But whoever said I was probably being a little dramatic with my last line is right. There’s no such thing as a person who is 100% emotionally stable, 100% baggage-free, 100% non-validation-seeking, and 100% happy at all times. Therefore, there’s always somebody for everybody, no matter how developed they become. But that’s the nature of the paradox… the more developed and experienced you become, the rarer and rarer it is to get your needs met while your ability to meet other people’s sexual and emotional needs expands and expands.
Think of someone like Jay-Z or Brad Pitt. On the one hand, half the women in the country would go to bed with them and marry them at the drop of a hat. But on the other hand, Brad Pitt’s selection of suitable women is really limited to super models, movie stars and other extremely high status people. Before you argue this, ask yourself, how many women out there can really even grasp the world he lives in? Very few. Really, only other famous people, people in the stratosphere of social status can even begin to relate to him emotionally. Now, before we all cry Brad a river, that’s an extremely small selection of women… maybe 100-200 worldwide. Maybe that’s why most stars end up with other stars or living somewhat lonely lives?
As for the rest of your comment… I feel like you’re making my point for me. You’re naming nothing but celebrity and public figure after celebrity and public figure to meet a certain criteria. Honestly, how many women walking around in a club in your average US city fit even one of those criteria? It’s very rare.
Look, there are women out there SOMEWHERE for me. I suppose the melancholy tone of the article was the fact that five years ago, I would have been happy to date any decent-looking girl I met who gave me the time of day. Now, I’ll spend a whole night in a venue and not meet one I’m interested in seeing regularly. In a strange way, that’s a loss. Despite everything I’ve gained, somehow I’ve lost something. I wouldn’t trade it back. I’m not complaining. But just pointing it out.
“I think it would help if you could narrow this down a bit. Can you give an example of an intellectual interest of yours that girls should share, but don’t? I’ve found that few girls share my intellectual interests, but I don’t disqualify them for that.”
She doesn’t have to share my intellectual interests. She just needs to keep up with me intellectually. And I mean, she doesn’t even have to be a super-genius or anything. She just has to have something going on upstairs. If you haven’t noticed by now, I’m constantly intellectualizing shit. She needs to be able to handle that and at least converse.
Finding a girl with similar hobbies is a superficial perk. What’s important is that she sees the world similarly to me, can understand and appreciate what I’m interested in, even if she doesn’t share the same interest.
What’s more unique about me though — and this isn’t true about all guys — is that I link intelligence with sexual attraction. This especially has become true the more time has gone on. Stupid girls sexually turn me off. Intelligent girls sexually turn me on. Just how I’m wired.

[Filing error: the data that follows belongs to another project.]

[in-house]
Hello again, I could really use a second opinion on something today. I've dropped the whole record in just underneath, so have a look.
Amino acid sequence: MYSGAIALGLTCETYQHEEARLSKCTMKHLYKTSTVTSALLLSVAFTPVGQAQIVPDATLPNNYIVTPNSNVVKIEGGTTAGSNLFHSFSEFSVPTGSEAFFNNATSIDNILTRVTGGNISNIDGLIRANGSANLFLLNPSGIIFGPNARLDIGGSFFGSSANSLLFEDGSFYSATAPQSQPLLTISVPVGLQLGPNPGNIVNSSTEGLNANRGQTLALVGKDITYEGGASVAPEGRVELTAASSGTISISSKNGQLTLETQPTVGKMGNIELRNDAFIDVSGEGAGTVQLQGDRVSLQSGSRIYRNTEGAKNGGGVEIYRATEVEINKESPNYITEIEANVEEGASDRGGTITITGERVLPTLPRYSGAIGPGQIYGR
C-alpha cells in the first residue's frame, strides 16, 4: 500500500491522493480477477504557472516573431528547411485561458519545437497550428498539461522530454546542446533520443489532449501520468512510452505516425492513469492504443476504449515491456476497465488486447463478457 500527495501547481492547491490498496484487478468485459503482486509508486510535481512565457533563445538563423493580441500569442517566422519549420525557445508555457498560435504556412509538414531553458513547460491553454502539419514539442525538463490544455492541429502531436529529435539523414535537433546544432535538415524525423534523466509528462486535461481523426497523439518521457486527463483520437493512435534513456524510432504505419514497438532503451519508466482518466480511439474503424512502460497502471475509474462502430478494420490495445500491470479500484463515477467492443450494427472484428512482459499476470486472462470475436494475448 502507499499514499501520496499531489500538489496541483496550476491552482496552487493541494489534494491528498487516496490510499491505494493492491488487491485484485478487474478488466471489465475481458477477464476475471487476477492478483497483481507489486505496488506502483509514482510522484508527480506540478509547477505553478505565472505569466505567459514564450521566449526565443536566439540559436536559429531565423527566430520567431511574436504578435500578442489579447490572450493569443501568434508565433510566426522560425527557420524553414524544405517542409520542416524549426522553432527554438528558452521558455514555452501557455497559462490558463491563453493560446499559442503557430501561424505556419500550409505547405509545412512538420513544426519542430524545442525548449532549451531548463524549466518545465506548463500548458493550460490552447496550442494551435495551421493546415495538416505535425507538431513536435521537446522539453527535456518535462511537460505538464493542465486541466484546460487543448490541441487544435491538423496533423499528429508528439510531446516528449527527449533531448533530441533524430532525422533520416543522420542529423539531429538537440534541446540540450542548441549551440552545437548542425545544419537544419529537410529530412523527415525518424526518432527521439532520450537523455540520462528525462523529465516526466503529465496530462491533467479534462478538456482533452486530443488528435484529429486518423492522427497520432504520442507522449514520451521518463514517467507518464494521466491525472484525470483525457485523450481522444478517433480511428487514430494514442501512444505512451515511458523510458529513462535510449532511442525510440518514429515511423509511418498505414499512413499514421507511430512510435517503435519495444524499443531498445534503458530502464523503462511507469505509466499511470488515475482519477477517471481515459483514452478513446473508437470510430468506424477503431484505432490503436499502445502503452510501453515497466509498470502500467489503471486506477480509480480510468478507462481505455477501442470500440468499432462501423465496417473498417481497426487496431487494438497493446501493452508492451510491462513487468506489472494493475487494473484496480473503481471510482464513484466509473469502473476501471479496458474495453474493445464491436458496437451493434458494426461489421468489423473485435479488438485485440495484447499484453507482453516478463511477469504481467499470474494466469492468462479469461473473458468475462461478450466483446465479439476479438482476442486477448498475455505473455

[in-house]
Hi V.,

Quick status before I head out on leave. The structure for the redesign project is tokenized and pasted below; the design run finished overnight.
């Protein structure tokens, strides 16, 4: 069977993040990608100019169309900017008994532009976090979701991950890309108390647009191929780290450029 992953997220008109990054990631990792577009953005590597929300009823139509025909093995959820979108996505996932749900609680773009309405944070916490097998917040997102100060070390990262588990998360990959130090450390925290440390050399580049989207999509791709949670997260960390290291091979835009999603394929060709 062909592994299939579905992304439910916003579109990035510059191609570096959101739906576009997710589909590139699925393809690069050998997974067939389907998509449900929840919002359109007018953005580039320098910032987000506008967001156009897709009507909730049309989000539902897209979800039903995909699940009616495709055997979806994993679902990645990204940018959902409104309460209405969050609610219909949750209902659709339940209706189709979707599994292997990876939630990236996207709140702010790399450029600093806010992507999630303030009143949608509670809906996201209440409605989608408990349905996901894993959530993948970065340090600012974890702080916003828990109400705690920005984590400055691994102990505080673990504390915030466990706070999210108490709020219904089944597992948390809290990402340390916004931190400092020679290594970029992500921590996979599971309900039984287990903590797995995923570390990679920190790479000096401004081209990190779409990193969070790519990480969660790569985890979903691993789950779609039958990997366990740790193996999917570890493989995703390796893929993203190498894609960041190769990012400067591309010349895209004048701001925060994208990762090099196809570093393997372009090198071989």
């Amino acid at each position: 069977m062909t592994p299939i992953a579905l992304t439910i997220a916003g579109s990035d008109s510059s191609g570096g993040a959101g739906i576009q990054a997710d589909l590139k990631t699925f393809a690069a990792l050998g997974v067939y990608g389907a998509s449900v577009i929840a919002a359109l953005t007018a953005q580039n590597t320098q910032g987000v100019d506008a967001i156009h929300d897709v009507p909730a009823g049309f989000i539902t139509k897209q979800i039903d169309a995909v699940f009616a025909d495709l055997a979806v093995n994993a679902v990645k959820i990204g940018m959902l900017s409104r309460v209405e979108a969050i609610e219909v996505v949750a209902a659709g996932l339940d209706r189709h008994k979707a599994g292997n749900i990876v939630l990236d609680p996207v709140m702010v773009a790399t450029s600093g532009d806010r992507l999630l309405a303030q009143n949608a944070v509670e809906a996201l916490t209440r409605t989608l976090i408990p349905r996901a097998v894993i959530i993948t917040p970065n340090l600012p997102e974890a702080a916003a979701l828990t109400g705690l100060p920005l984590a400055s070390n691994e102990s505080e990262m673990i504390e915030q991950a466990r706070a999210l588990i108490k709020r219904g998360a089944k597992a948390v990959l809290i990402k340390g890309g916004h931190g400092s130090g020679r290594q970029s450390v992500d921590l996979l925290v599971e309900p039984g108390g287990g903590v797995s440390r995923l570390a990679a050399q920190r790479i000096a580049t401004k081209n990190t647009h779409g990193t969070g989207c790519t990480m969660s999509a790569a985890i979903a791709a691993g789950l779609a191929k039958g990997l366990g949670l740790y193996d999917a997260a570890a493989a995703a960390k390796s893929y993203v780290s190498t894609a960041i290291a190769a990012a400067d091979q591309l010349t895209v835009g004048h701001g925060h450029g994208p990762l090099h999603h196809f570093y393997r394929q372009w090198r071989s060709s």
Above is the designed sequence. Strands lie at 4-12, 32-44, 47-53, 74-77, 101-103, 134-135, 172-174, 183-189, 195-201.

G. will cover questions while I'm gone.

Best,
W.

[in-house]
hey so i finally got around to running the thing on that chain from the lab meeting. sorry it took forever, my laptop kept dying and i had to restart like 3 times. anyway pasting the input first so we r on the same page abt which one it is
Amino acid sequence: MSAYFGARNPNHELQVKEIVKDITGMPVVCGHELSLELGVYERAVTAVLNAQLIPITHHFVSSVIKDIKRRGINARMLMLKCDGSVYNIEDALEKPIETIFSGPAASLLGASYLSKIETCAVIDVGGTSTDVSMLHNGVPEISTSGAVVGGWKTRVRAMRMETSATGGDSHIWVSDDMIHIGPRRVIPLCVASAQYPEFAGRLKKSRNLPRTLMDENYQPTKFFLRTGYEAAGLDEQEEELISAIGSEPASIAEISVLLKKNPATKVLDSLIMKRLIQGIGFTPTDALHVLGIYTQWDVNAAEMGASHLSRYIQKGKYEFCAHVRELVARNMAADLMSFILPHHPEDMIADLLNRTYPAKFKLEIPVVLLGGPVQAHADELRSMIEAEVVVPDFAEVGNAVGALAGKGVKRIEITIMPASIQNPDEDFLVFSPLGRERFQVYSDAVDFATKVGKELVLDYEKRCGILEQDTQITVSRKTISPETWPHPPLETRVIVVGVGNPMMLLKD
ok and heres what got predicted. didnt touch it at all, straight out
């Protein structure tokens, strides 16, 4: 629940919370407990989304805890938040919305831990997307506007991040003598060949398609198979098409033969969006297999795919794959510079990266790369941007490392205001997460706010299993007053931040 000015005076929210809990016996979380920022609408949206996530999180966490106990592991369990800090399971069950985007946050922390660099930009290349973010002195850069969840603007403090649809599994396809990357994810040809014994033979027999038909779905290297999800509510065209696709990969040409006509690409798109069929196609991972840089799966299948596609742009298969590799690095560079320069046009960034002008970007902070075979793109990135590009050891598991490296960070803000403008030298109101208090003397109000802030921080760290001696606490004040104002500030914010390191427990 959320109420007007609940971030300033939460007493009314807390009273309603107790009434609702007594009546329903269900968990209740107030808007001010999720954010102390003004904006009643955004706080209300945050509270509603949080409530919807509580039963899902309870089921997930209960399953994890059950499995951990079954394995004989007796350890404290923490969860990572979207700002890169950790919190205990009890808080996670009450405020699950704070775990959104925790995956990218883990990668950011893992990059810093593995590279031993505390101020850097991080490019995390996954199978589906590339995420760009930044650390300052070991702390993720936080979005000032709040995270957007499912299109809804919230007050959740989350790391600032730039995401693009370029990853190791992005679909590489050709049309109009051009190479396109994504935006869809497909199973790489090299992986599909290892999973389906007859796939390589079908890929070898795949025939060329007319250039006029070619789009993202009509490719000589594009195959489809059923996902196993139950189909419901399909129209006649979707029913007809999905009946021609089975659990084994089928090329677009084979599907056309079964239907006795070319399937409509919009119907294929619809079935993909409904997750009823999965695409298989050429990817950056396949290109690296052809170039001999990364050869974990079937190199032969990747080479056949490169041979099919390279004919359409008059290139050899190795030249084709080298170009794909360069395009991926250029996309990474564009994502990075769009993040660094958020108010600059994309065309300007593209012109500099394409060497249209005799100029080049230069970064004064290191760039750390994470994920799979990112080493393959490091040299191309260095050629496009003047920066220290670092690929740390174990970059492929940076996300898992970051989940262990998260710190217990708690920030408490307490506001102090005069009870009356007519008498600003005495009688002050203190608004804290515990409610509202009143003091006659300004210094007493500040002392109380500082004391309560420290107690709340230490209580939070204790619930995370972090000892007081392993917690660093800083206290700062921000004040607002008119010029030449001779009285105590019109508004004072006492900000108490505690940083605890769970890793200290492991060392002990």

At the end of the day (and this is directed at both Lou and Eros), all other things equal, every guy will happily trade up in the looks department. It’s more of a question of how much trouble are you willing to go through to find quality women who are also extremely beautiful, and/or what other qualities are you willing to sacrifice?
Like I said earlier, as I get older, the more I value things such as intelligence, personality, energy, humor, etc. and the less I value looks (despite my standards going up). And I imagine one day it’ll become a non-issue. But as for now… I’m entering my prime as a male. I’d like to try and find the best of all worlds if possible.
“A guy I very much respect once said, the goal of pu/self development should be that you are able to give yourself everything you need and all you need your partner for is sex, because it’s more fun with two people involved.”
In theory, yes, we would all like to be emotionally self-sufficient. But in practice, I think this is a very anti-social and terrible way to look at things. Sex is actually pretty unimportant in the grand scheme of things. I’d rather have a woman I’m madly in love with and be crippled (hello Sean Stephenson) than have all the sex I want and never feel anything with the women I fuck.
Edit 2: This post raised quite a bit of debate. It seemed to touch a nerve in a lot of people. Both in the comments here, through email, and even on other blogs. Many were very insightful. Others got on my case — which is cool, I appreciate criticism as long as it’s respectful. They ranged from calling me weird, to “calling out” my inner game, to saying I should quit all of this stuff or maybe that I’m depressed.
On the contrary, I’m happier right now than I’ve been in a long time. I feel great. And any melancholy tone in my last couple posts were theoretical in nature. As far as the other criticisms, I’m not too surprised as I get similar criticisms often when I talk about long-term relationships. I said it twice, but it didn’t seem to make a difference, but the last two posts were SPECIFICALLY in regards to long-term relationships, not picking up women.
Yes, worrying about “meeting emotional needs” or “feeling isolated” in the context of picking up women are definitely not good things. But in the context of long-term relationships, they’re valid and important. The rules change in relationships. But for some reason, anytime I get too deep into girlfriends, a lot of men turn a deaf ear to what I’m saying.
I suppose that’s the last clarification that I want to make.